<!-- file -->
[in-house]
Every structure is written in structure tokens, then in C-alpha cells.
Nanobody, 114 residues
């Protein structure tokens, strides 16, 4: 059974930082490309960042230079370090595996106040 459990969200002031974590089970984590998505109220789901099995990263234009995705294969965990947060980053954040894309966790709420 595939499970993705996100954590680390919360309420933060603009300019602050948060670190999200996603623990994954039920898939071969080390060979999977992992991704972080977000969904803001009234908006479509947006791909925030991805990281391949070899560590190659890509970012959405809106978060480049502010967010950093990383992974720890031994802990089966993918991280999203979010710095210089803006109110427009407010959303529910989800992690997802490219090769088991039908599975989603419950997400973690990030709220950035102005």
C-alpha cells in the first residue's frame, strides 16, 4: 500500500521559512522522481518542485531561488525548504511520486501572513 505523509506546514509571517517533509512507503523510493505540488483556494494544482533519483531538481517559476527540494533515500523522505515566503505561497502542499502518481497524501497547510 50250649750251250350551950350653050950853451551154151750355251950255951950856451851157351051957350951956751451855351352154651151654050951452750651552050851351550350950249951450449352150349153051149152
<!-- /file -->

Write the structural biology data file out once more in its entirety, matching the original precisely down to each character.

[in-house]
Every structure is written in structure tokens, then in C-alpha cells.
Nanobody, 114 residues
């Protein structure tokens, strides 16, 4: 059974930082490309960042230079370090595996106040 459990969200002031974590089970984590998505109220789901099995990263234009995705294969965990947060980053954040894309966790709420 595939499970993705996100954590680390919360309420933060603009300019602050948060670190999200996603623990994954039920898939071969080390060979999977992992991704972080977000969904803001009234908006479509947006791909925030991805990281391949070899560590190659890509970012959405809106978060480049502010967010950093990383992974720890031994802990089966993918991280999203979010710095210089803006109110427009407010959303529910989800992690997802490219090769088991039908599975989603419950997400973690990030709220950035102005």
C-alpha cells in the first residue's frame, strides 16, 4: 500500500521559512522522481518542485531561488525548504511520486501572513 505523509506546514509571517517533509512507503523510493505540488483556494494544482533519483531538481517559476527540494533515500523522505515566503505561497502542499502518481497524501497547510 50250649750251250350551950350653050950853451551154151750355251950255951950856451851157351051957350951956751451855351352154651151654050951452750651552050851351550350950249951450449352150349153051149152